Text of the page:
If the inspection is satisfactory, the business does not need to do anything further.
Alternatively, if the inspection shows that the business has compliance issues, the inspector will send an initial finding of non-compliance.
The business will then be asked to justify why it was not compliant with the program. In the justification, the business must state what it did to correct the non-compliance and what it has done to ensure it does not occur again. If the reasons in the justification are accepted, the inspection is complete.
In the case that the justifications are not provided by the business or if the justification is not accepted, the business will be issued a Notice of Preliminary Finding (NOPF).
The NOPF will include the details of the violation(s) and potential results. After the NOPF has been issued, the business has one final opportunity to provide new information or documents regarding the justification.
The final findings of the ESDC are then issued in the Notice of Final Determination (NOFD) which explains:
- The reasons for the ruling
- The conditions violated and how the business failed to comply
- The consequences, and
- The next steps
What are the consequences of non-compliance?
The possible consequences of non-compliance range from a simple warning to monetary penalties, a permanent ban from the Temporary Foreign Worker Program, publication of the business’ name and address on the Immigration, Refugees and Citizenship Canada website with details of the violation, and/or suspension or revocation of previously issued LMIAs.
What changes have been made to the Temporary Foreign Worker Program due to COVID-19?
Since March 2020, the Government of Canada has taken measures to improve flexibility and reduce the administrative burden for employers participating in the program during COVID-19. These measures include, but are not limited to, the following:
- Employers are not required to submit minor administrative changes to their LMIA that would not change the terms and conditions
- LMIAs for occupations considered essential during COVID-19 are prioritized for processing
- The maximum duration of employment under LMIAs is increased from one to two years for employers of workers in the low-wage stream as part of a three-year pilot
- Approved LMIAs are valid up to 18 months, and
- Name addition and change requests have been expedited if they are for reasons related to COVID-19 or for eligible TFWs already in Canada
What are the rules around travel during COVID-19 for temporary foreign workers?
Testing and quarantine requirements upon arrival vary depending on the country the temporary foreign worker is travelling from and whether they are fully vaccinated.
Pre-entry tests are not required for fully vaccinated travellers coming to Canada by land, air, or water. But they must still upload their travel details and vaccination proof in ArriveCAN within 72 hours before arrival to Canada.
Foreign workers must qualify as fully vaccinated travellers, unless they have a job in any of the following categories:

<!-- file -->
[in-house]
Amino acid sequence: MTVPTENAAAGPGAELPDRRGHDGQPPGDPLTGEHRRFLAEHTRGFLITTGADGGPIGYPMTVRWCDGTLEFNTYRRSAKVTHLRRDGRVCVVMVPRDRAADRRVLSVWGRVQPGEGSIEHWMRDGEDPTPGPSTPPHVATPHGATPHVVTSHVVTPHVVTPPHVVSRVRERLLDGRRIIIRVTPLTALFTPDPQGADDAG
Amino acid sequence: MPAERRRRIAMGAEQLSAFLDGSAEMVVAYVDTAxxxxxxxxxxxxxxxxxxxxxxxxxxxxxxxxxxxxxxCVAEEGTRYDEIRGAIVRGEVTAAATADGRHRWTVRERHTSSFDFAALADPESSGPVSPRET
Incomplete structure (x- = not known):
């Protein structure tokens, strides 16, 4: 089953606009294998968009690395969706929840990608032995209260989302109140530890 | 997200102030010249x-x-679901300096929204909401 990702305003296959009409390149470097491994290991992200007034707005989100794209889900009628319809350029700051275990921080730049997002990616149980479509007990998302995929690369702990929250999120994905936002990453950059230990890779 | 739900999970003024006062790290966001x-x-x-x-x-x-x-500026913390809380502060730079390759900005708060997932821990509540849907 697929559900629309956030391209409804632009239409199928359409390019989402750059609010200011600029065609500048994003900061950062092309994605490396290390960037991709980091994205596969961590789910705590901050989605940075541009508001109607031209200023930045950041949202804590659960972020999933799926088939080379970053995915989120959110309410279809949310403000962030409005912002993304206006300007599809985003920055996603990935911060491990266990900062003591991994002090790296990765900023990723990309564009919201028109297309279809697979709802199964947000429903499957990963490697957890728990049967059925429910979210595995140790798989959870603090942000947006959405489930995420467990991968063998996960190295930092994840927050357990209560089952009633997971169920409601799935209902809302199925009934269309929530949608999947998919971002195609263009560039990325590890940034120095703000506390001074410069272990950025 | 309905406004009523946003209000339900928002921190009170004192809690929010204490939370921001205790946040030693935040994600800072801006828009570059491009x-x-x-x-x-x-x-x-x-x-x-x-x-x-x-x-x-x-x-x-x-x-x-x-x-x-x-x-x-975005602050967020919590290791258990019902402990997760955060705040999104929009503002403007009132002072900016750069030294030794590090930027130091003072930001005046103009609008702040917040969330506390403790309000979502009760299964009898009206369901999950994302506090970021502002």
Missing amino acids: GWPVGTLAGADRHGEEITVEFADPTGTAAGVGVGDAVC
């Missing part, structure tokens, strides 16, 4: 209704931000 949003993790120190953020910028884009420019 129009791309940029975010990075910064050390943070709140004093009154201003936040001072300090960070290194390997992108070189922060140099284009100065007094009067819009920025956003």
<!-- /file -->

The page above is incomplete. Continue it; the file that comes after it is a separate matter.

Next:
- Make medical deliveries
- Work with medical equipment or devices
- Marine crew member
- Agricultural or food processing worker
Foreign nationals who don’t qualify as fully vaccinated will only be permitted entry into Canada in specific circumstances.
All travellers coming to Canada must follow testing and quarantine requirements applicable to them.
What if I wish to employ Ukrainians seeking safe haven in Canada?
The government of Canada has launched an accelerated temporary residence pathway for Ukrainians seeking refuge in Canada. Under the Canada-Ukraine authorization for emergency travel (CUAET), Ukrainians can live in Canada as temporary residents for up to 3 years. They can also apply for a 3-year open work permit.
Employers, who would like to support Ukrainians and offer them employment, can register job vacancies on the government of Canada Job Bank’s Jobs for Ukraine webpage.
20-hour cap lifted for international students working off-campus
The Canadian government has recently announced that it will be temporarily lifting the 20-hour-per-week cap for eligible post-secondary international students working off-campus.
The move, announced by Canada’s Ministry of Immigration, Refugees and Citizenship, will be enacted from November 15, 2022, until December 31, 2023. It will allow international students in Canada who have off-campus work authorization on their study permit to no longer be restricted by the 20 hours per week rule. Foreign nationals who have already submitted a study permit application will also be able to benefit from this temporary change, provided their application is approved.
Do you need help creating temporary foreign worker policies in compliance with federal law?
Peninsula can help. Our experts can help you develop company policies, and assist you with any other HR, health and safety, and employment law matters that arise. To learn more about how our services can benefit your business, call an expert today at 1 (833) 247-3652.